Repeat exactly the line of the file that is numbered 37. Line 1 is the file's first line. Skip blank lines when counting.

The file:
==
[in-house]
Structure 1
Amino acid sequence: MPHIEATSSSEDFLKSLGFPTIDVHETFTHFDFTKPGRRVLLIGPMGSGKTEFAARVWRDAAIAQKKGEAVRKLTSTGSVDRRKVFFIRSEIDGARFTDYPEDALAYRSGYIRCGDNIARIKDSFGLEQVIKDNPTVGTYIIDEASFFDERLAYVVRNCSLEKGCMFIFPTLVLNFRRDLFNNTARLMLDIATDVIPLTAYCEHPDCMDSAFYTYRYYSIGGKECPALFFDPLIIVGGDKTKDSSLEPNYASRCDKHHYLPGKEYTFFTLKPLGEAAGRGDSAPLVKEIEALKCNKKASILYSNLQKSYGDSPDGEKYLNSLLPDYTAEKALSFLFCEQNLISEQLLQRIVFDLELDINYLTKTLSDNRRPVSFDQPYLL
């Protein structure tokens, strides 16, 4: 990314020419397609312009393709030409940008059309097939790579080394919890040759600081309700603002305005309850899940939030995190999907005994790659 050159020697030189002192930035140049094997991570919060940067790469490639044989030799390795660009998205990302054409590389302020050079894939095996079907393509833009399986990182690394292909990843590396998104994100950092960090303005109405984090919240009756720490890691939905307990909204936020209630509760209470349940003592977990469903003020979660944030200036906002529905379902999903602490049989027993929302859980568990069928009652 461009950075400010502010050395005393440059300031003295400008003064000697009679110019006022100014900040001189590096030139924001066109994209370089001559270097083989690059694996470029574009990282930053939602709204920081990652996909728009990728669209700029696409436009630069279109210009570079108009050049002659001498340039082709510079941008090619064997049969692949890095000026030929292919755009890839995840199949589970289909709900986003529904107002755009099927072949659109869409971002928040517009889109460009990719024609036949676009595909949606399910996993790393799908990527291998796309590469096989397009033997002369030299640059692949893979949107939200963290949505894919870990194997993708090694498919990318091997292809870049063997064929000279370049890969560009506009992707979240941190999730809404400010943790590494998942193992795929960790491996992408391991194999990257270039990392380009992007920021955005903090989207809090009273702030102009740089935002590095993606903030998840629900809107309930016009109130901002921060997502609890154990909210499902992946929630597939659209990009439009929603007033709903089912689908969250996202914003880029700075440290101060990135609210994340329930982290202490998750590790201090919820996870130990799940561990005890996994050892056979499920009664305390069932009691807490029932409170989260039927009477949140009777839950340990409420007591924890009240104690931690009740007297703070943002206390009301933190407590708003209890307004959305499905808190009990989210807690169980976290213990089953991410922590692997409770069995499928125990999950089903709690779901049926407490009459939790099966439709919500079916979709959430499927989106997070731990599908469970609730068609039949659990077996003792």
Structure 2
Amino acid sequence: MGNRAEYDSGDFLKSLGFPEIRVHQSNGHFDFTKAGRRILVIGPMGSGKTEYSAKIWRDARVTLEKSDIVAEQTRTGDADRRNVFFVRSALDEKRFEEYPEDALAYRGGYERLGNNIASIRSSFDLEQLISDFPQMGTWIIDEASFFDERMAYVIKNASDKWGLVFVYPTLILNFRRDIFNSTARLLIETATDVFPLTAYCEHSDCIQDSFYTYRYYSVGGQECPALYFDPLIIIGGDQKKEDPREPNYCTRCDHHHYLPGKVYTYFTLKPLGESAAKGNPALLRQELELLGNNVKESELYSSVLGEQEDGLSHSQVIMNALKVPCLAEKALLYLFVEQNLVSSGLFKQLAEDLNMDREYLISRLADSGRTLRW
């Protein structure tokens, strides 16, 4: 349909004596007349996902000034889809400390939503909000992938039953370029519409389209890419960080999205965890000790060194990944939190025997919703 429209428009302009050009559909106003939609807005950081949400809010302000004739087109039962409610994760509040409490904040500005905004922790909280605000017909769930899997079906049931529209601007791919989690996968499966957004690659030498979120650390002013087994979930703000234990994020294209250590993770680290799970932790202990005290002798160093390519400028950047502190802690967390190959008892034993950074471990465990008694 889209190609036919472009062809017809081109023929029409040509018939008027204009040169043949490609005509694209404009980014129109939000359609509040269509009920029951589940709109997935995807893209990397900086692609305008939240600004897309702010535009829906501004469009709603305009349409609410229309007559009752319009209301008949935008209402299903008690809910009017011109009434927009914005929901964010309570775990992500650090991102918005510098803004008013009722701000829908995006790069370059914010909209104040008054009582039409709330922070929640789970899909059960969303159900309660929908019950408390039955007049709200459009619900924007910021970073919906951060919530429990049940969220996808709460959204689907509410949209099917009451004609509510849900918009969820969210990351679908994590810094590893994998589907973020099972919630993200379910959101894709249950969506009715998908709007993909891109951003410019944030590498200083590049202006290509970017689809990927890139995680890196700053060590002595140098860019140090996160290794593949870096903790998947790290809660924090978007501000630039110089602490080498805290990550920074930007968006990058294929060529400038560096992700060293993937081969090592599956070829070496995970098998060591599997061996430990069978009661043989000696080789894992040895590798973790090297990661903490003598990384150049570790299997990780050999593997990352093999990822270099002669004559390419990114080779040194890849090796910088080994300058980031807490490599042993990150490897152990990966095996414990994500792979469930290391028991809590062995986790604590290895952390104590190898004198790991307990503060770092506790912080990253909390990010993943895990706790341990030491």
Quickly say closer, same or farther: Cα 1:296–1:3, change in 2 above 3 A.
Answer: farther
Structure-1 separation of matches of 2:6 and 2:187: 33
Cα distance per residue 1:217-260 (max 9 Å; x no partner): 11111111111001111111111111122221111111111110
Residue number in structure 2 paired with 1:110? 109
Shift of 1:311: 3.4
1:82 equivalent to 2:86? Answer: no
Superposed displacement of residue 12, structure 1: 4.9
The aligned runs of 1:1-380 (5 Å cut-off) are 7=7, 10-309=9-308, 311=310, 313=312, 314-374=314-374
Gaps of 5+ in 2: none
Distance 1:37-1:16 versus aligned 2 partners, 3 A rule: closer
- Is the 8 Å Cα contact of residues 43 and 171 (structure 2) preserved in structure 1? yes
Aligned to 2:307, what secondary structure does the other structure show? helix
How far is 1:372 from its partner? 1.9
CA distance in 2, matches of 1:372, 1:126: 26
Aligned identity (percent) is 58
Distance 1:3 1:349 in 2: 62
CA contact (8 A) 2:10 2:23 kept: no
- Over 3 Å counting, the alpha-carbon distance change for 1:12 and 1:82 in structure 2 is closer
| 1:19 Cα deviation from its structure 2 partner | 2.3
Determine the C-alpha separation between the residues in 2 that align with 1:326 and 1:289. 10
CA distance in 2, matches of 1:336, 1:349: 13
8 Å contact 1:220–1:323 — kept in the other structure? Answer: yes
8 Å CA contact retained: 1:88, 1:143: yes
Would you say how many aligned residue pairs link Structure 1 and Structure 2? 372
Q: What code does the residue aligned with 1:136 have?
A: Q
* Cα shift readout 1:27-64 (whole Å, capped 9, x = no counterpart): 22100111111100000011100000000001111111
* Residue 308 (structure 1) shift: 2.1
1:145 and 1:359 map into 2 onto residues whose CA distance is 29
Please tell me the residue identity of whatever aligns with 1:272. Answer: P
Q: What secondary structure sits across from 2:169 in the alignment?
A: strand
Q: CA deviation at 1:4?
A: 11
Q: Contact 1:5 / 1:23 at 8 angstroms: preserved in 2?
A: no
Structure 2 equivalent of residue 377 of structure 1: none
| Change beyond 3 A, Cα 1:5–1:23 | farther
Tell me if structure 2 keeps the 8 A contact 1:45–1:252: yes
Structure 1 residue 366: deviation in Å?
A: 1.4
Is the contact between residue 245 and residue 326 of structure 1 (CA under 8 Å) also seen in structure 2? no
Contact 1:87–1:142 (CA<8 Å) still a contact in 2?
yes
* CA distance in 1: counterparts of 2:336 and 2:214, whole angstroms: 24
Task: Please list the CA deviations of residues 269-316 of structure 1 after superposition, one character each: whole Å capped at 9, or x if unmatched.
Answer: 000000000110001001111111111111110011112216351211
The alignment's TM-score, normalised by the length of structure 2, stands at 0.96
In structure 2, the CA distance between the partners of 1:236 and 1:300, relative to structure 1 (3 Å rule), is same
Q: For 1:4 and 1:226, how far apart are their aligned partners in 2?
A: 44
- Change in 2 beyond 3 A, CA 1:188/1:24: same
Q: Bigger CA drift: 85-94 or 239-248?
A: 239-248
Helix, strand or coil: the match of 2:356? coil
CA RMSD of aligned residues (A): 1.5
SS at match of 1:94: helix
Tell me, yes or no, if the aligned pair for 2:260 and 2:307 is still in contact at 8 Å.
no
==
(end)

1:145 and 1:359 map into 2 onto residues whose CA distance is 29